Charles Kenneth McCovey convicted of murdering a pregnant West Valley woman during a robbery last April - should spend the rest of his life in the Utah State Prison.
That was the recommendation of 3rd District Judge Raymond Uno, who sentenced McCovey Monday afternoon.McCovey, 45, also known as Charles Kenneth Hodges, displayed no emotion during the hearing and declined to speak on his own behalf.
But defense attorney Andy Valdez told Uno, "Mr. McCovey is appreciative that the court allowed him to have a fair trial and he's ready to do his time. There's no one who can impose a penalty upon Mr. McCo-vey that is more severe than what he has imposed upon himself."
There were no requests for leniency or mercy, but the attorney did pass on McCo-vey's desire to be forgiven.
"What he's wanted is for the family to know he is very sorry for what has occurred," Valdez said. "His sorrow and repentance are genuine."
A 12-member jury found McCovey guilty last month of aggravated robbery and second-degree murder. He was originally charged with first-degree murder in the death of Anna Holmes, whom McCovey shot in the head while robbing a Kearns video store April 22, 1988.
Holmes died several hours later, shortly after doctors delivered her baby by Caesarean section.
On Monday, McCovey also pleaded guilty to robbing the Sconecutter, 5480 S. Redwood Road, four days before the homicide. In exchange for the plea, prosecutors dropped a charge accusing him of robbing another business on April 12, 1988.
Ernie Jones, deputy Salt Lake County attorney, asked Uno to give McCovey the harshest possible sentence. Jones said the nature of the crimes warrant a stiff penalty.
"He took a loaded gun, cocked it and shot (Holmes) at point blank range. What makes it even more aggravating is the fact he killed her in front of her children."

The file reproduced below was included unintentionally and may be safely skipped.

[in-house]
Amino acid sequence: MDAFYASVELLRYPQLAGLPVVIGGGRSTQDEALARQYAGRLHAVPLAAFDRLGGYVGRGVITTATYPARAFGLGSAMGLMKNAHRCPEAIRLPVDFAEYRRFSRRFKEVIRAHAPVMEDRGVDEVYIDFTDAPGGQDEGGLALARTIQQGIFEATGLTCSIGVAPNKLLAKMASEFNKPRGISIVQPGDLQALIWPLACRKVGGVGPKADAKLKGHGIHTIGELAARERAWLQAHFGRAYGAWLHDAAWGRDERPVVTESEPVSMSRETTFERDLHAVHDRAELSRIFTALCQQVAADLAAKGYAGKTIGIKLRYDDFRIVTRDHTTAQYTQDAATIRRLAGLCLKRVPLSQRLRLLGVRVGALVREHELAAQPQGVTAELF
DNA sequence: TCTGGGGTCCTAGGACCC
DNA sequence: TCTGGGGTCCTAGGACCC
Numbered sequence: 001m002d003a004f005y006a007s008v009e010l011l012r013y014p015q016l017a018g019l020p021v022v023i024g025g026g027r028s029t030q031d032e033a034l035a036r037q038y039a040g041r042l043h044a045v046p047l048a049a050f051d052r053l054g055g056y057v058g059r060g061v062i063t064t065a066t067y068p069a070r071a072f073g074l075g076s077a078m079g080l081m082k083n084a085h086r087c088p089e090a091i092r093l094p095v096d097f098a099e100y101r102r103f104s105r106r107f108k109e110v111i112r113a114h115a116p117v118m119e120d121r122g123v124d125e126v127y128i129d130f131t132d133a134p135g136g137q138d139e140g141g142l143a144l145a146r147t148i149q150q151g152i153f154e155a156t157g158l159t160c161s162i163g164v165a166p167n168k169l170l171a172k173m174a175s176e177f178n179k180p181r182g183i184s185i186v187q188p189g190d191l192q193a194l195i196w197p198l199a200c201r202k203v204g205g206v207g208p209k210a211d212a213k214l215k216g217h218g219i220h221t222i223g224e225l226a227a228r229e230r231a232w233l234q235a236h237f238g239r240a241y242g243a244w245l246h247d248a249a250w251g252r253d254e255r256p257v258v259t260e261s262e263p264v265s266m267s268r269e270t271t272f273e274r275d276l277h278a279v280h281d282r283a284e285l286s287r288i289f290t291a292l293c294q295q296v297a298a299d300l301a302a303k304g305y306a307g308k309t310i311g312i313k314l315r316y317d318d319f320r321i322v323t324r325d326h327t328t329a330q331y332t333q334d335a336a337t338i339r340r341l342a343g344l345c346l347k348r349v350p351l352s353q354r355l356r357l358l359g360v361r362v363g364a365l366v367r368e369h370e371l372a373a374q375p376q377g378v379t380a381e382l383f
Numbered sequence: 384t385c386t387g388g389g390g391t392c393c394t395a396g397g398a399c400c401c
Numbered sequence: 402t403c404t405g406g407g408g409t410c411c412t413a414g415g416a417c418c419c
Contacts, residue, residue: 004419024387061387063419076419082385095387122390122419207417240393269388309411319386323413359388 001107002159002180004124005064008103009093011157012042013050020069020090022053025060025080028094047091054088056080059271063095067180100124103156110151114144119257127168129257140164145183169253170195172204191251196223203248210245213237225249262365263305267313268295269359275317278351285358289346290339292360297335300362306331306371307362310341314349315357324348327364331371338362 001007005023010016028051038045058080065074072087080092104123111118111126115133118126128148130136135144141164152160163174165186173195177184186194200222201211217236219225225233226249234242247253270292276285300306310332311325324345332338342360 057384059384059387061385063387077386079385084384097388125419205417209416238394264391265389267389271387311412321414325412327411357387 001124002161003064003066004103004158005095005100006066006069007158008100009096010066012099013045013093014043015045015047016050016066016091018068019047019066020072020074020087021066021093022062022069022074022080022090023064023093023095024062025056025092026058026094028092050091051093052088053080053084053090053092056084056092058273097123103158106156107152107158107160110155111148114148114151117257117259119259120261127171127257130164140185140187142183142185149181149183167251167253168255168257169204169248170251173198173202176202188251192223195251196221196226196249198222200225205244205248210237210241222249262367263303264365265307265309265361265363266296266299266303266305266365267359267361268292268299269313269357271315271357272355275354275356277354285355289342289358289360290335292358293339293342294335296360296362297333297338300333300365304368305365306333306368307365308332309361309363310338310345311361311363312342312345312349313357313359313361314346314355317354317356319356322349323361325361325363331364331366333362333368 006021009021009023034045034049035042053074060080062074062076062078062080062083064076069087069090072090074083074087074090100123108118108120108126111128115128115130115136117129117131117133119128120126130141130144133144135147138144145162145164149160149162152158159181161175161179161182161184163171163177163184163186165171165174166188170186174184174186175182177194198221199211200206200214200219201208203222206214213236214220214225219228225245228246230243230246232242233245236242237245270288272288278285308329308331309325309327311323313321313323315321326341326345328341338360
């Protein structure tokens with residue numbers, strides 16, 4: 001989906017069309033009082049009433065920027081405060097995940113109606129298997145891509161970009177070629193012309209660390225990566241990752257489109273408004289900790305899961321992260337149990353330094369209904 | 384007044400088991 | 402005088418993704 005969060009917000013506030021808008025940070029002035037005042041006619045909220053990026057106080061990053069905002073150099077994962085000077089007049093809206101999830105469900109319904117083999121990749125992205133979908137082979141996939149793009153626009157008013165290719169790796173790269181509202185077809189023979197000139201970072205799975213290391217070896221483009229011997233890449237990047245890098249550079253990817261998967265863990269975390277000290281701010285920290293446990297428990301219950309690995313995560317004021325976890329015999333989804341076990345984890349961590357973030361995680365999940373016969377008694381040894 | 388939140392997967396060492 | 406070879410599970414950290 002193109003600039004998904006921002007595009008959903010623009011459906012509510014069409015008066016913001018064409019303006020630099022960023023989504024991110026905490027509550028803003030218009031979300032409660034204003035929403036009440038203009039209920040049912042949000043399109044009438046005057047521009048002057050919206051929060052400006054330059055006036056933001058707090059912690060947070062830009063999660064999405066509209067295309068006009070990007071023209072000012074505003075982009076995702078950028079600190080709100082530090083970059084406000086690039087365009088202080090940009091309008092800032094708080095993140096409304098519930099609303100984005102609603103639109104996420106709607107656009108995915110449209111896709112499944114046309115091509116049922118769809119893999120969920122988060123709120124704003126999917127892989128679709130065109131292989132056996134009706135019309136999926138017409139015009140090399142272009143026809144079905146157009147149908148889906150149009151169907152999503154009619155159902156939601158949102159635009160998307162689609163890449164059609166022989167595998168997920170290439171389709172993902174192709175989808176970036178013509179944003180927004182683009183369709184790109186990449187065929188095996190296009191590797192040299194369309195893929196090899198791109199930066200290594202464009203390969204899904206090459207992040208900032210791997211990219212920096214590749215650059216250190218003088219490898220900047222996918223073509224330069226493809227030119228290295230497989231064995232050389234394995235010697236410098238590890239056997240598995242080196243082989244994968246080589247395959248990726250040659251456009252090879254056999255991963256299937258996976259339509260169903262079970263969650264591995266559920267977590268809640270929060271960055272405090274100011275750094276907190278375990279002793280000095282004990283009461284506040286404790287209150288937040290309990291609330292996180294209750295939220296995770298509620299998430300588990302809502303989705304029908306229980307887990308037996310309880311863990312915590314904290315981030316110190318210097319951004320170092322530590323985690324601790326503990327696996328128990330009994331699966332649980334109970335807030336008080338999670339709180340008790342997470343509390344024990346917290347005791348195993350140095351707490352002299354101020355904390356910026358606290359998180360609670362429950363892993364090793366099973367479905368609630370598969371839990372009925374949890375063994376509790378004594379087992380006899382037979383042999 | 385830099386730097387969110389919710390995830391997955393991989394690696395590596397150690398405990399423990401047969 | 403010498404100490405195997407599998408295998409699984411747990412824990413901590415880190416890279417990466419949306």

The prosecutor said the tragedy also involved a yet-to-be-born infant named Michelle.
Jones told Uno the child, who was four weeks premature and deprived of oxygen for several hours following the shooting, will never be able to see, walk or crawl because of brain damage. The child will have to be fed by tubes the rest of her life and will likely be institutionalized at age 8.
"Her condition is a constant reminder to the Holmes family of what Mr. McCovey did."
The victim's husband, Michael Holmes, is also faced with staggering medical bills.
"It's appropriate that McCovey spend the rest of his life in prison," Jones said.
Uno sentenced McCovey to three consecutive 5-to-life prison sentences on the robbery and murder charges and added 10 more years under the firearms enhancement statute.
How long McCovey actually serves, however, is up to the Board of Pardons. But Uno said he will recommend that McCovey never be paroled.
"It is the court's opinion that the defendant does, did and may constitute a threat to the community," the judge said.